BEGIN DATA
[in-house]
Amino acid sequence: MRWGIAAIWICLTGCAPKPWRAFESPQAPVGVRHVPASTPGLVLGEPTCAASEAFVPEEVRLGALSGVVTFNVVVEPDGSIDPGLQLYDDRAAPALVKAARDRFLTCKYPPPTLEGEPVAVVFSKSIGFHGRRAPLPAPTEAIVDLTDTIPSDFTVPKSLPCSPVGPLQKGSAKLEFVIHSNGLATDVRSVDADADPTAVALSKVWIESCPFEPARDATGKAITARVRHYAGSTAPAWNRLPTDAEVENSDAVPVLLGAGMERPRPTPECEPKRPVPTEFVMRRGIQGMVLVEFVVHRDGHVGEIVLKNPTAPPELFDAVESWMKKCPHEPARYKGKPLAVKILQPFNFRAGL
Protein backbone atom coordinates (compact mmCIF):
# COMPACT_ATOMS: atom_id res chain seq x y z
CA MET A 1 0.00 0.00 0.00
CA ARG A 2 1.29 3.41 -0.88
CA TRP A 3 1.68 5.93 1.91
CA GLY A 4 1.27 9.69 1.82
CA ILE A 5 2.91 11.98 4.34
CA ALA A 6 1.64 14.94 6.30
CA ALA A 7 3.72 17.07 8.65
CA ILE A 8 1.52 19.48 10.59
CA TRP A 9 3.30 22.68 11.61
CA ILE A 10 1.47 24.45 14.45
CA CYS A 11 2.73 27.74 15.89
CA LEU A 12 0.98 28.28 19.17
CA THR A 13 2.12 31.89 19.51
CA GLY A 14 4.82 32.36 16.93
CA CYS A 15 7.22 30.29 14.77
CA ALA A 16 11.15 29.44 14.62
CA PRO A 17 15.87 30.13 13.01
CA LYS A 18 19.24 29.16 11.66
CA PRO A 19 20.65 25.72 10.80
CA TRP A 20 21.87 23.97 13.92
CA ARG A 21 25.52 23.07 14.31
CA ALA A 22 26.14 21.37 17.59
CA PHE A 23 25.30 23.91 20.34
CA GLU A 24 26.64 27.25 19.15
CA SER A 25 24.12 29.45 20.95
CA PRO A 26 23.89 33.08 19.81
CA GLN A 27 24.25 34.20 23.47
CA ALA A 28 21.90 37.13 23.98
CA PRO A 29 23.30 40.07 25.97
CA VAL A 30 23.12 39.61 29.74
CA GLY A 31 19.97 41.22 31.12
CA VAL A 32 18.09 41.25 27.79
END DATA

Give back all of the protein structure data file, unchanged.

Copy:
[in-house]
Amino acid sequence: MRWGIAAIWICLTGCAPKPWRAFESPQAPVGVRHVPASTPGLVLGEPTCAASEAFVPEEVRLGALSGVVTFNVVVEPDGSIDPGLQLYDDRAAPALVKAARDRFLTCKYPPPTLEGEPVAVVFSKSIGFHGRRAPLPAPTEAIVDLTDTIPSDFTVPKSLPCSPVGPLQKGSAKLEFVIHSNGLATDVRSVDADADPTAVALSKVWIESCPFEPARDATGKAITARVRHYAGSTAPAWNRLPTDAEVENSDAVPVLLGAGMERPRPTPECEPKRPVPTEFVMRRGIQGMVLVEFVVHRDGHVGEIVLKNPTAPPELFDAVESWMKKCPHEPARYKGKPLAVKILQPFNFRAGL
Protein backbone atom coordinates (compact mmCIF):
# COMPACT_ATOMS: atom_id res chain seq x y z
CA MET A 1 0.00 0.00 0.00
CA ARG A 2 1.29 3.41 -0.88
CA TRP A 3 1.68 5.93 1.91
CA GLY A 4 1.27 9.69 1.82
CA ILE A 5 2.91 11.98 4.34
CA ALA A 6 1.64 14.94 6.30
CA ALA A 7 3.72 17.07 8.65
CA ILE A 8 1.52 19.48 10.59
CA TRP A 9 3.30 22.68 11.61
CA ILE A 10 1.47 24.45 14.45
CA CYS A 11 2.73 27.74 15.89
CA LEU A 12 0.98 28.28 19.17
CA THR A 13 2.12 31.89 19.51
CA GLY A 14 4.82 32.36 16.93
CA CYS A 15 7.22 30.29 14.77
CA ALA A 16 11.15 29.44 14.62
CA PRO A 17 15.87 30.13 13.01
CA LYS A 18 19.24 29.16 11.66
CA PRO A 19 20.65 25.72 10.80
CA TRP A 20 21.87 23.97 13.92
CA ARG A 21 25.52 23.07 14.31
CA ALA A 22 26.14 21.37 17.59
CA PHE A 23 25.30 23.91 20.34
CA GLU A 24 26.64 27.25 19.15
CA SER A 25 24.12 29.45 20.95
CA PRO A 26 23.89 33.08 19.81
CA GLN A 27 24.25 34.20 23.47
CA ALA A 28 21.90 37.13 23.98
CA PRO A 29 23.30 40.07 25.97
CA VAL A 30 23.12 39.61 29.74
CA GLY A 31 19.97 41.22 31.12
CA VAL A 32 18.09 41.25 27.79